Unsurprisingly, I'm not a fan of Colorbond fencing, and particularly not the cream colour the estate decided to go with.
Again unsurprisingly, given my love for timber, I thought "Why don't we just cover it with wood?". So off I went to my friend's timber mill (a seven hour round trip) to pick up 800kg of freshly cut Marri wood.
I framed it with treated Pine and staggered the rough sawn Marri across the lot for a rustic and 'cosy' effect.
If you're tackling a similar project, use these Buildex 14g x 50mm Zinc Alloy Bugle Batten Tek Screws to fix timber to the top and bottom rails of your Colorbond fence. The rails are thicker than the sheeting, so your screws won't penetrate the neighbour's side. An impact driver is best, or a hammer drill should do.
Clamp the timber to the Colorbond as close to your drilling point as possible because once the screw penetrates the timber and begins drilling into the steel, it'll have resistance and will push the timber off the fence.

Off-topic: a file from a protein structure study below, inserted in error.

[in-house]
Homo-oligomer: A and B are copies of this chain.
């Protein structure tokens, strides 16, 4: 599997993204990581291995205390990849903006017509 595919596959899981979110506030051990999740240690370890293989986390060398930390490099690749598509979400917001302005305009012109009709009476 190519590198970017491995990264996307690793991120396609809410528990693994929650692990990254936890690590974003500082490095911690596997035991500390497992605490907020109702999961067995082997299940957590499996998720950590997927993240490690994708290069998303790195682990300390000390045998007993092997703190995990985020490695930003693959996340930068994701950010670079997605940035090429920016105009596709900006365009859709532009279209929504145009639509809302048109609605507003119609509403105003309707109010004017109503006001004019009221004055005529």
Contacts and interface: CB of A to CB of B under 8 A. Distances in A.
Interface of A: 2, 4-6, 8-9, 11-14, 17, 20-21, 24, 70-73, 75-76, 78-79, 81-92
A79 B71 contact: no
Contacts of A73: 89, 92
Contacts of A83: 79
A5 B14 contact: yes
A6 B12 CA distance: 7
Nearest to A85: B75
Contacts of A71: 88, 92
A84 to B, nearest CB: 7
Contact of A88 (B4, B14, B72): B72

It took an average of four minutes to file the rough edges and oil each piece of wood and there are over 100 pieces in the project. Add to that the time it takes to frame and fix the pieces to the frame, which was particularly hard with slightly misshapen rustic wood and dealing with Perth's heat, it was a big project. But we're stoked with the end result. I painted the remainder of the fence Shale Grey, which I'm much happier with.
Before and after
How to add an extension to a Colorbond fence
While the standard install height for Colorbond fencing is 1800mm, for a small investment you can add privacy and security to your boundary fencing with D.I.Y. extensions taking the finished height to 2100mm. Pete shows you how to add an extension to a Colorbond fence in this step-by-step guide.